Ultimately the purpose of a typeface is to serve the content and help people to understand it. We think that the new updates to Roboto along with the new Material Design guidelines will help it do more of just that.

Posted by Louis Gray, Googler

Posted:
By Xiangye Xiao, Stuart Gill, and Jungshik Shin,
Google Text and Font Team, Internationalization Engineering


Chinese, Japanese and Korean (CJK) readers represent approximately one quarter of the world’s population. Google’s mission is to organize the world’s information and make it universally accessible to all users no matter what language they use. To that end, Google, in cooperation with our partner Adobe, has released a free, high-quality Pan-CJK font family: Noto Sans CJK. These fonts are intended to provide a richer and more beautiful reading experience to the East Asian community in many OSes and software applications.


Noto Sans CJK comprehensively covers Simplified Chinese, Traditional Chinese, Japanese, and Korean in a unified font family and yet conveys the expected aesthetic preferences of each language. Noto Sans CJK is a sans serif typeface designed as an intermediate style between the modern and traditional. It is intended to be a multi-purpose digital font for user interface designs, digital content, reading on laptops, mobile devices, and electronic books. Noto Sans CJK is provided in seven weights: Thin, Light, DemiLight, Regular, Medium, Bold, and Black.


Fully supporting CJK requires tens of thousands of characters—these languages share the majority of ideographic characters, but there are also characters that are unique to only one language or to a subset of the languages. One of the primary design goals of Noto Sans CJK is that each script should retain its own distinctive look, which follows regional conventions, while remaining harmonious with the others.

Chinese ideographic characters are not only used by Simplified and Traditional Chinese, where they are called hanzi, but also by Japanese (kanji) and Korean (hanja). Although all originated from ancient Chinese forms, in each region and language they evolved independently. As a result, the same character can vary in shape across the different languages. For example, the image below shows variants of the same character (骨 - bone) designed for Simplified Chinese, Traditional Chinese, Japanese, and Korean. Look at how the inner top part and inner bottom part are different. Noto Sans CJK is designed to take these variations into account. In addition to ideographic characters, Noto Sans CJK also supports Japanese kana and Korean Hangeul—both contemporary and archaic.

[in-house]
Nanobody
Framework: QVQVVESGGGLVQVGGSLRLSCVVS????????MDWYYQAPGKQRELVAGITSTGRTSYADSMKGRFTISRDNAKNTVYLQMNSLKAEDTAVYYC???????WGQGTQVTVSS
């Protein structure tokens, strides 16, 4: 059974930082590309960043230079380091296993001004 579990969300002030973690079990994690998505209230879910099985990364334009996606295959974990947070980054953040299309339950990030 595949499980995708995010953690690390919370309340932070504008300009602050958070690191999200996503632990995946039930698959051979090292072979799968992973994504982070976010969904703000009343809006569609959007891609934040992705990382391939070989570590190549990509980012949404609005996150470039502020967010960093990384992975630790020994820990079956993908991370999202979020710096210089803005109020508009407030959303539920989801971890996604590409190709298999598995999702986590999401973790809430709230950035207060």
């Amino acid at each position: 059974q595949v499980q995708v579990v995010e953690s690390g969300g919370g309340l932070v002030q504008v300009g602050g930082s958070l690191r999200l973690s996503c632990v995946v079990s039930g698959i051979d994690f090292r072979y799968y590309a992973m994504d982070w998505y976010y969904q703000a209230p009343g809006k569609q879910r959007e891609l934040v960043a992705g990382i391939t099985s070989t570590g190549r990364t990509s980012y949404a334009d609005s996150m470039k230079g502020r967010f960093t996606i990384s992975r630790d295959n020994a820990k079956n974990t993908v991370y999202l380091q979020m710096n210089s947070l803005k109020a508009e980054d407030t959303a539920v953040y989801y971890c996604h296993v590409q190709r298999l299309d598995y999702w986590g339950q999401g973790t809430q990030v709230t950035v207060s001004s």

Google and Adobe partnered to develop this free high-quality Pan-CJK typeface. Google will release it as Noto Sans CJK as part of Google's Noto font family. Adobe will release it as Source Han Sans as a part of Adobe's Source family. Adobe holds the copyright to the typeface design, and the fonts are released under the Apache License, version 2.0 which makes them freely available to all without restriction.

About this partnership: Google contributed significant input into project direction, helped to define requirements, provided in-country testing resources and expertise, and provided funding that made this project possible. Adobe brought strong design and technical prowess to the table, along with proven in-country type design experience, massive coordination, and automation. In addition, three leading East Asian type foundries were also brought in to design and draw a bulk of the glyphs—Changzhou SinoType Technology, Iwata Corporation, and Sandoll Communication—due to the sheer size of the project and their local expertise.

Building Noto Sans CJK font is a major step towards our mission to make the reading experience beautiful for all users on all devices. Noto Sans CJK is the newest member of the Noto font family, which aims to support all languages in the world. The entire Noto font family, including Noto Sans CJK, is free and open. Visit the Noto homepage to download Noto Sans CJK and other Noto fonts.

Xiangye Xiao is a Product Manager at Google Inc. where she works on fonts and text input.
Stuart Gill is the Tech Lead and Manager of Google’s Text and Font team.

Jungshik Shin is the Noto visionary and is a Software Engineer in Google’s Internationalization Engineering team working on Text and Fonts as well as on Chrome.


Posted by Louis Gray, Googler

Posted:
Author Picture By Nadya Direkova, Staff Designer and Design Evangelist at Google[x]

At Google and throughout the industry, we all agree that two things matter: design and speed. But how can we do great design quickly? For our teams, one of our most important tools is the design sprint.